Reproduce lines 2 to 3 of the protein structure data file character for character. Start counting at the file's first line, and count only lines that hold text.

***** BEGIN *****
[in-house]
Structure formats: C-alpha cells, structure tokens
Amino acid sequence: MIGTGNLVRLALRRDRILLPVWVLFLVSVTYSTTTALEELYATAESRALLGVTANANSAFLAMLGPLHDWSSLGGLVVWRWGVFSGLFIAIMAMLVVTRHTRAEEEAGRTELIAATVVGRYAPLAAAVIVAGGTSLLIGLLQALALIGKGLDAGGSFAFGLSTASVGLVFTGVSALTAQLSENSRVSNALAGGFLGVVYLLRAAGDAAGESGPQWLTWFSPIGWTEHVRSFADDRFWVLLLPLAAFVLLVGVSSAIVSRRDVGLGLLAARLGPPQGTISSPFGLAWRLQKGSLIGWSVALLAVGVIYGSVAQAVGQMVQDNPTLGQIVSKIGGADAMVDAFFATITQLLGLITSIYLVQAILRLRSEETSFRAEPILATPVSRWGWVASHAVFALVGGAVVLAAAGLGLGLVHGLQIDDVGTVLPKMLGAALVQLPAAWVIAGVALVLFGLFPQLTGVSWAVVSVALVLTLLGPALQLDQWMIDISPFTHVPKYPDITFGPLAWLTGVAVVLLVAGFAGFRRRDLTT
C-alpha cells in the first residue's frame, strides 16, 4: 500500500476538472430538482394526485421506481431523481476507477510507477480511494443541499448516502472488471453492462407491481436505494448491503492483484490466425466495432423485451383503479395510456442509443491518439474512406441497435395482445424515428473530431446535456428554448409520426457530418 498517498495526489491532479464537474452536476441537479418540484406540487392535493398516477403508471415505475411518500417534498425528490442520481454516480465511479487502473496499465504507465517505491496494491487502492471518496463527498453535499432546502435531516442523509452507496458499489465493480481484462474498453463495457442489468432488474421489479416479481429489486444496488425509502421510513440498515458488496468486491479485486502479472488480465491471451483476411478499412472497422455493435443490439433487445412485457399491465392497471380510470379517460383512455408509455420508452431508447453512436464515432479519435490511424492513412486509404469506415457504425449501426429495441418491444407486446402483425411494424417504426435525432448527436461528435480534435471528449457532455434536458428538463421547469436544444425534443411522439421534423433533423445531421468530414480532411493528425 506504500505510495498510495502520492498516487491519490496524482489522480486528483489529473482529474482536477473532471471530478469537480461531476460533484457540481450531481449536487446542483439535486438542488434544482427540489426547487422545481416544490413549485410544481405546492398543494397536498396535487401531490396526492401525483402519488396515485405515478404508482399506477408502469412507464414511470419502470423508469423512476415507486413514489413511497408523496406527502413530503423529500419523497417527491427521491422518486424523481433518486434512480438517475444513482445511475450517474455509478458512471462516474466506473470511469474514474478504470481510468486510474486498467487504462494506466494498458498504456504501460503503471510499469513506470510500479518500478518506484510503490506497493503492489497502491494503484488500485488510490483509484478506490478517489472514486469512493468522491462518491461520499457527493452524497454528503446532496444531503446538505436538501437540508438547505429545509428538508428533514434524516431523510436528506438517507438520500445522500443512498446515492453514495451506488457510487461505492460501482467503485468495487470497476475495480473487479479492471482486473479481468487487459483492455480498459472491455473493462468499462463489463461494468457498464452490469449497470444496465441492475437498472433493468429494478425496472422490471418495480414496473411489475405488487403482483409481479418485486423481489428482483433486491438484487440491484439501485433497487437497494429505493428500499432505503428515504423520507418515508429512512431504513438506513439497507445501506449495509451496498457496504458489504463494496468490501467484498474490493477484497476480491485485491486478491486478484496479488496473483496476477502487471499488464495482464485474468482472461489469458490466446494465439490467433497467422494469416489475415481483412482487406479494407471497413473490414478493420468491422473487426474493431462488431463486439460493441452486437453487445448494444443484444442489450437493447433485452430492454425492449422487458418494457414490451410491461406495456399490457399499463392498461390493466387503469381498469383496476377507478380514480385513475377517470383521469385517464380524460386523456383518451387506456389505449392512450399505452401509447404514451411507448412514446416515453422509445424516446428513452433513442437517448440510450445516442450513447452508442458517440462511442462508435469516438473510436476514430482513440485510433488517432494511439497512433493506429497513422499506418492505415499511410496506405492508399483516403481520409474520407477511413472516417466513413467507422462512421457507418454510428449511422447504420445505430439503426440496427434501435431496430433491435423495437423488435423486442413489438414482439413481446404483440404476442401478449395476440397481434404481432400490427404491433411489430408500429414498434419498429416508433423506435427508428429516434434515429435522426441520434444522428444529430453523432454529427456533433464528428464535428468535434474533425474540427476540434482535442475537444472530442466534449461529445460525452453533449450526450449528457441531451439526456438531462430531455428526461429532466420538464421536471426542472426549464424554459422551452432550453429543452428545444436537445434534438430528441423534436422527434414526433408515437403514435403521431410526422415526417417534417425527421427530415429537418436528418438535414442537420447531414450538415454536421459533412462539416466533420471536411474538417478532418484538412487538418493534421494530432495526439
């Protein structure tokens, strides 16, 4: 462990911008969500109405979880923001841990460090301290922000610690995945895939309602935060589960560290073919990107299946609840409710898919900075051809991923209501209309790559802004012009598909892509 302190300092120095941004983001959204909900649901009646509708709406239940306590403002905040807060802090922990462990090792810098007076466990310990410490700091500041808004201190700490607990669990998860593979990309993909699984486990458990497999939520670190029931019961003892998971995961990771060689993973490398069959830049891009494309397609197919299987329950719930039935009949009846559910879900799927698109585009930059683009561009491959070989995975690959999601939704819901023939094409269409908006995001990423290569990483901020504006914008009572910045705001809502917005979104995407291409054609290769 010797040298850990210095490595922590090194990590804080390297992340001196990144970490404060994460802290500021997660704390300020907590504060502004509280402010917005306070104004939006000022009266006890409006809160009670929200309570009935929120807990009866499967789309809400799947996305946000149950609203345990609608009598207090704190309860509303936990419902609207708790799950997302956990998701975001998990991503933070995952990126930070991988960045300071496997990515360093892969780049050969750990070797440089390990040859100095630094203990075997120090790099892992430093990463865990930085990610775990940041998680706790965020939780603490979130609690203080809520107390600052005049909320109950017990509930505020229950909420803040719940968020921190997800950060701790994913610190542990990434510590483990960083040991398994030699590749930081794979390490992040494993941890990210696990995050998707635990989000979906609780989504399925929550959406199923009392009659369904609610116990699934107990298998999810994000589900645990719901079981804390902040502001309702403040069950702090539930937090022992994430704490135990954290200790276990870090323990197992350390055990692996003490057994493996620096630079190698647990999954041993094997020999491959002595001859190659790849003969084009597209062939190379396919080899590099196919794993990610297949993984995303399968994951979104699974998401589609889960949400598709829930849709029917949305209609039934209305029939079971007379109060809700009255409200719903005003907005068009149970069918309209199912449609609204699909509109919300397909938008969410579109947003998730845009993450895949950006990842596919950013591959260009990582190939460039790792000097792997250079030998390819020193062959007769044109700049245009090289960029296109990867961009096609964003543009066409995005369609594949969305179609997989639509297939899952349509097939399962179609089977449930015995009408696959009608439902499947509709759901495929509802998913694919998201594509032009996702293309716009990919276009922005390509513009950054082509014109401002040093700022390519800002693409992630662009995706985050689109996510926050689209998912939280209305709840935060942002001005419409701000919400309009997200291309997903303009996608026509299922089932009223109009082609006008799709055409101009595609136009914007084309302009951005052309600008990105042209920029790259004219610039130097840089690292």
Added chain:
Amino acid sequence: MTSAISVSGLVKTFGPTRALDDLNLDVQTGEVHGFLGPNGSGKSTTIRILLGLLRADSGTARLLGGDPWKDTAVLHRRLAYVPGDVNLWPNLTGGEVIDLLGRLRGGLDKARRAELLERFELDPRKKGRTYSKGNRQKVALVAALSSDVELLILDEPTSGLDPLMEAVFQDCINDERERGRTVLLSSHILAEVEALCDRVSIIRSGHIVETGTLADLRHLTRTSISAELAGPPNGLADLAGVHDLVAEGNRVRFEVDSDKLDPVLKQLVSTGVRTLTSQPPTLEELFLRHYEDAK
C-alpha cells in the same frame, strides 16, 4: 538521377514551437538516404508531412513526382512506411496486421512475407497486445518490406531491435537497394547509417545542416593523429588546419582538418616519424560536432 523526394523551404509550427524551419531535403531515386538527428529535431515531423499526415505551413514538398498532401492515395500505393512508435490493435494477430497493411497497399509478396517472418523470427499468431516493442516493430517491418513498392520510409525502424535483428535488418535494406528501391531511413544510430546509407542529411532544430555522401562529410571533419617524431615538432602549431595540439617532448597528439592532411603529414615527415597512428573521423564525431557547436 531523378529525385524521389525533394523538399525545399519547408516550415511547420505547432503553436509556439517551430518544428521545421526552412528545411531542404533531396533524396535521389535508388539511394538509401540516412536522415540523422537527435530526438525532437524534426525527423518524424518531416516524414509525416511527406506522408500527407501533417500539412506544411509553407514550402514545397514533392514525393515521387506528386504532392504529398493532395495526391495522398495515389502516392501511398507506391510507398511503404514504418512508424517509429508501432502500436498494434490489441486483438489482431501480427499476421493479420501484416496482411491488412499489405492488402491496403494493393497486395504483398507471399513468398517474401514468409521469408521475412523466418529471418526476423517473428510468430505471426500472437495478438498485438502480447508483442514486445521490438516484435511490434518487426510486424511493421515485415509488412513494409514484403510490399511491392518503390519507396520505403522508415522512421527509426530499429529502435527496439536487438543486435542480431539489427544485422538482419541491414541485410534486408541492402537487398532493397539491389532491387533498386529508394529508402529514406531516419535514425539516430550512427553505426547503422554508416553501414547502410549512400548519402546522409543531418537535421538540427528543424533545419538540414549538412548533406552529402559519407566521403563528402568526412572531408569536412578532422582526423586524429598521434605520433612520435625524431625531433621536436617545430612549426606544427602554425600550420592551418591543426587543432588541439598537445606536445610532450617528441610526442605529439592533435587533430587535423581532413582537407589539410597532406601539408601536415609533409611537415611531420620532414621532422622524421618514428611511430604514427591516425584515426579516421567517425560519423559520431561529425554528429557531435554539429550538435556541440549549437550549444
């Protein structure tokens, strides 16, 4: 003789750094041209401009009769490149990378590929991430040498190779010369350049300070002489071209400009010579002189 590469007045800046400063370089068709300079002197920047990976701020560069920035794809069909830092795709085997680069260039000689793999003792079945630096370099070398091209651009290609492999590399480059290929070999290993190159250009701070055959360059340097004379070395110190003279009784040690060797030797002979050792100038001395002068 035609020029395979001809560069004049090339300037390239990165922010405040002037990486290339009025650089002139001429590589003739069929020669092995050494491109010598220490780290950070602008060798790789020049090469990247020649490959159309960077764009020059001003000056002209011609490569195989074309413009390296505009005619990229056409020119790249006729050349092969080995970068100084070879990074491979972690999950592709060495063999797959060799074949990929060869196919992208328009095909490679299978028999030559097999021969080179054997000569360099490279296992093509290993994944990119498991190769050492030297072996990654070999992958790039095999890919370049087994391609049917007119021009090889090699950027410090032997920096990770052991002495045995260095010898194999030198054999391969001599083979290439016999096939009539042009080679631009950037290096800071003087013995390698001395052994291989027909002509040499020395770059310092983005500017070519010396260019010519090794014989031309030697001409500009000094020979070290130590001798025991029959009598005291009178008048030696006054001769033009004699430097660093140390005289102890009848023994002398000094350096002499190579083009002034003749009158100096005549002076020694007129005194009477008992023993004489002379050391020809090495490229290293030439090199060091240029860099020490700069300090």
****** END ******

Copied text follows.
Structure formats: C-alpha cells, structure tokens
Amino acid sequence: MIGTGNLVRLALRRDRILLPVWVLFLVSVTYSTTTALEELYATAESRALLGVTANANSAFLAMLGPLHDWSSLGGLVVWRWGVFSGLFIAIMAMLVVTRHTRAEEEAGRTELIAATVVGRYAPLAAAVIVAGGTSLLIGLLQALALIGKGLDAGGSFAFGLSTASVGLVFTGVSALTAQLSENSRVSNALAGGFLGVVYLLRAAGDAAGESGPQWLTWFSPIGWTEHVRSFADDRFWVLLLPLAAFVLLVGVSSAIVSRRDVGLGLLAARLGPPQGTISSPFGLAWRLQKGSLIGWSVALLAVGVIYGSVAQAVGQMVQDNPTLGQIVSKIGGADAMVDAFFATITQLLGLITSIYLVQAILRLRSEETSFRAEPILATPVSRWGWVASHAVFALVGGAVVLAAAGLGLGLVHGLQIDDVGTVLPKMLGAALVQLPAAWVIAGVALVLFGLFPQLTGVSWAVVSVALVLTLLGPALQLDQWMIDISPFTHVPKYPDITFGPLAWLTGVAVVLLVAGFAGFRRRDLTT